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    Onderwijskrant Vlaanderen
    Vernieuwen: ja, maar in continuïteit!
    10-08-2014
    Klik hier om een link te hebben waarmee u dit artikel later terug kunt lezen.Kritische 'Blog leraar Tom Bennett 'over iPad in klas

     Conclusie: There is precious little evidence that iPad adoption has any discernible effect on the educational outcomes of children whatsoever. It's a contemporary myth that digitalising the classroom adds great scoops of value to the school experience in a measurable way. Which isn't to say they aren't potentially useful, but their adoption has been so brainless in so many circumstances that I would require anyone seeking to spunk the school budget on a suite of tablets to undergo a sanity test first. Or who knows? Maybe even submit a proposal that describes what successful adoption would look like, and what outcomes are actually envisaged. Otherwise it's just speculation, which is fine in education, but a) don't expect anyone else to do it and b) make sure it doesn't cost the family silver.

    iPads in classrooms – Are we machine gunning emus? Tom_Bennett                 24-5-2014   

    Rarely do you come across a war that could be described as hilarious, but the Great Emu War of 1932 punches that ticket nicely. The Australian government, faced with hordes of migratory emus tearing up croplands in the West, and in possession of squads of veteran soldiers turned to agriculture, came up with a solution that might have seemed obvious: mobilise this great standing army and equip them with machine guns against the flightless, comical menace. The Great War between man and emu had begun.

    Several attempts were made on "the enemy's" position, but the dispersal of the emus into small groups meant that none were successful in slotting more than a handful of birds. War is hell, but in this case it was Hill – Benny Hill.

    "But surely Tom," I hear you wonder, "there can't be a link between this ancient, brainless caper and some contemporary educational practice?" There can indeed; I'm an assembly veteran, and can conjure a connection between the most tenuous of artefacts in battlefield conditions.

    I'm reminded of our vast, fathomless capacity for folly when I read stories like this, where Kent County Council has recently been pilloried for its decision to spend £150,000 on iPads and laptops for Chaucer School in Canterbury, despite the small problem that the school is closing down and only has 136 pupils. To quote Kent Online:

    "The authority says the money was allocated before the closure was on the table and insists it is 'of vital importance' to the remaining few youngsters.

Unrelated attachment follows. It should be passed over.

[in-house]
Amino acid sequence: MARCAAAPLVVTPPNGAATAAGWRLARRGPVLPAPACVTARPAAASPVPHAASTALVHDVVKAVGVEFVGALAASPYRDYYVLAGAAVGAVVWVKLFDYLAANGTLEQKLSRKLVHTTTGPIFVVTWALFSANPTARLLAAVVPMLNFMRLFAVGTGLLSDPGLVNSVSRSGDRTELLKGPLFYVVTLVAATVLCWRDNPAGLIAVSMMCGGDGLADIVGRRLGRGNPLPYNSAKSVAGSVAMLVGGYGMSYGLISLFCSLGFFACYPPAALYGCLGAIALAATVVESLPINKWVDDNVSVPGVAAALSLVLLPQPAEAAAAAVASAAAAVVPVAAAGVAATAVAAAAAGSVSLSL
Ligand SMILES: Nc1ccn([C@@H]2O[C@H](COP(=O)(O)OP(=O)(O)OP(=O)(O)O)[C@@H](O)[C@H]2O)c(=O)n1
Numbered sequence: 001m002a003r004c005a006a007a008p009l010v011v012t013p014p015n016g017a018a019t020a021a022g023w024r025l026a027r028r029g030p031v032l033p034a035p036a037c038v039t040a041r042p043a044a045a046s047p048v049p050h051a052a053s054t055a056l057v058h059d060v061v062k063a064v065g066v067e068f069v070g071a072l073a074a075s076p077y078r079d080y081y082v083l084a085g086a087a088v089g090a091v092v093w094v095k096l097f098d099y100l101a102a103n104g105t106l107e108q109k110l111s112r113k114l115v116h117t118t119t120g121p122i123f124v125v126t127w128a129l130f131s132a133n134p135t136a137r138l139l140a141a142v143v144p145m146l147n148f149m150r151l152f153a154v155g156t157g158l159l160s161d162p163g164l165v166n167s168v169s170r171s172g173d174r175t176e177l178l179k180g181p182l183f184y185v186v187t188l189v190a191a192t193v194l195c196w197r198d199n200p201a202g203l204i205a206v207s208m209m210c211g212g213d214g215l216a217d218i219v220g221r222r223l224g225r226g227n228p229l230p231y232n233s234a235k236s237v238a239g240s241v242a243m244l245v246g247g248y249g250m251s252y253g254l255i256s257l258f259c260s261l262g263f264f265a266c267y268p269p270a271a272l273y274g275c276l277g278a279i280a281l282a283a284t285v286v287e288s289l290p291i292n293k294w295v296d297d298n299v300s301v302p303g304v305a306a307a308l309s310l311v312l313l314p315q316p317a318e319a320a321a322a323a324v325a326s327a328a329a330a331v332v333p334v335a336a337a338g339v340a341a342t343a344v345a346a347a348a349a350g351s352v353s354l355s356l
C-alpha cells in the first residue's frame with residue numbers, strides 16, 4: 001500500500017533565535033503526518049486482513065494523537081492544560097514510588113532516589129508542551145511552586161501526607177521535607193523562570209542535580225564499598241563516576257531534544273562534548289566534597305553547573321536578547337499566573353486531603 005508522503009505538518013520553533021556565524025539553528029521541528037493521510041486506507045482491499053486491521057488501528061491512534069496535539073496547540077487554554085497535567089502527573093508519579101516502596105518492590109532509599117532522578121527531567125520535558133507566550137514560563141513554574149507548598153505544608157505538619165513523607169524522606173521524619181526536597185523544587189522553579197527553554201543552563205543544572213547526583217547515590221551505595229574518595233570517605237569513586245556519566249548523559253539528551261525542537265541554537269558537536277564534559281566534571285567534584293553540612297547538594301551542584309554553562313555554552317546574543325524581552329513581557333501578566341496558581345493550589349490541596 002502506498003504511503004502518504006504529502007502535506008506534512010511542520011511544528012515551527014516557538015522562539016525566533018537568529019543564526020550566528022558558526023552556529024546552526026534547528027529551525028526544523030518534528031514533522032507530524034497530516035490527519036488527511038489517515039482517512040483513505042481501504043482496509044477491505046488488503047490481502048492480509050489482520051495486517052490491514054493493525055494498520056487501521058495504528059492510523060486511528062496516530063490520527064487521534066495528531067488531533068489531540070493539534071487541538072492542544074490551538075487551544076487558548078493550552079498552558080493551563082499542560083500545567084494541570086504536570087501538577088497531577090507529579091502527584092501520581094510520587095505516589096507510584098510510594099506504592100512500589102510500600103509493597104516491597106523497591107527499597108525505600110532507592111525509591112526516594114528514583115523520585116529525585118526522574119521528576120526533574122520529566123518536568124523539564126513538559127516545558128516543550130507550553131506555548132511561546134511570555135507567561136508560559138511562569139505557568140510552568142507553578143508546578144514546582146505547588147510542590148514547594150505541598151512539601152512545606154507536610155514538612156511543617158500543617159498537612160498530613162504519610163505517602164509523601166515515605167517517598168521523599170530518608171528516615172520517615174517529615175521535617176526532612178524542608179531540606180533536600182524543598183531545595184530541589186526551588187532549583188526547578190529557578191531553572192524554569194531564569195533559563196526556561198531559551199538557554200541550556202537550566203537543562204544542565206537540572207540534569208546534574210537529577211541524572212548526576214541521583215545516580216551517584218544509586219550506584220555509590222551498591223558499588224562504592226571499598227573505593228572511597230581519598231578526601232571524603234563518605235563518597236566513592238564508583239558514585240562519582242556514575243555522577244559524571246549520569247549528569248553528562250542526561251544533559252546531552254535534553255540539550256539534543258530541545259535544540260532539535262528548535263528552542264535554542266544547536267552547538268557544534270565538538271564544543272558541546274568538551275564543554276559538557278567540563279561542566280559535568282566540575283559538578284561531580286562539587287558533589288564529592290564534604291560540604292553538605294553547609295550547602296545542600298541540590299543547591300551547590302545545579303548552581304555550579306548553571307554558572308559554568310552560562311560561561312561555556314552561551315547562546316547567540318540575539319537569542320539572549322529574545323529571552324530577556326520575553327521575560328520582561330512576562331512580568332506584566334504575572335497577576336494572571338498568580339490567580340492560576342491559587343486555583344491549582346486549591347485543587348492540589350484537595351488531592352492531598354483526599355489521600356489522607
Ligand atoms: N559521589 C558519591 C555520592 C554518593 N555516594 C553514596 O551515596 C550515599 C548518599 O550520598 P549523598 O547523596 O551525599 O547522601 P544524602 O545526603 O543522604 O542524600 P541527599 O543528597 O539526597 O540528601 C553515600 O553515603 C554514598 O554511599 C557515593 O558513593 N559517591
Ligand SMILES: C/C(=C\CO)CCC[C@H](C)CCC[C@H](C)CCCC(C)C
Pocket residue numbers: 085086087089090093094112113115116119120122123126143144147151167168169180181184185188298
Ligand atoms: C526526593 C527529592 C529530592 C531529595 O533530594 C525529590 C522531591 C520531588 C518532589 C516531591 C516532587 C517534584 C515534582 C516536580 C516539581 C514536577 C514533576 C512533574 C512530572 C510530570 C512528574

But critics have branded the investment 'strange' in light of the budget crisis which partly caused the school’s collapse in the first place.

    Campaign manager for the Taxpayers’ Alliance, Andy Silvester, says: 'The idea that once a decision is taken it cannot be undone is ludicrous.'"

    Quite. And a deeper wonder is that, in a circumstance of financial lack, anyone thought it a good idea to spend the family cow on the magic beans of tech in the first place, when – as I will happily bore anyone's ar$e off endlessly about – there is precious little evidence that iPad adoption has any discernible effect on the educational outcomes of children whatsoever. It's a contemporary myth that digitalising the classroom adds great scoops of value to the school experience in a measurable way. Which isn't to say they aren't potentially useful, but their adoption has been so brainless in so many circumstances that I would require anyone seeking to spunk the school budget on a suite of tablets to undergo a sanity test first. Or who knows? Maybe even submit a proposal that describes what successful adoption would look like, and what outcomes are actually envisaged. Otherwise it's just speculation, which is fine in education, but a) don't expect anyone else to do it and b) make sure it doesn't cost the family silver.

    I am reminded of Dylan Moran's Bernard Black, the misanthropic Irish book seller in Black Books, staring at the kiosk attendant in a cinema. "Excuse me," he says with a confused face. "I just bought a drink and some popcorn. And now I have no money."

    And so, back to the emus. The Lewis Automatic Machine Gun is a sturdy piece of ordnance and you'd expect it to be somewhat of a trump card against an opponent that habitually eats car keys. Despite this apparent mismatch, the emu proved to be quite resistant to the hail of death imagined by the architects of shock and CAW! The government had found the right problem, but the wrong solution.

    Similarly, the issue of underachieving children is one that needs to be tackled, but maybe instead of spraying a blanket of iPads, however shiny and groovy they are, in their direction, we should be looking for a more nuanced, targeted approach that will really tackle education's emu problem.




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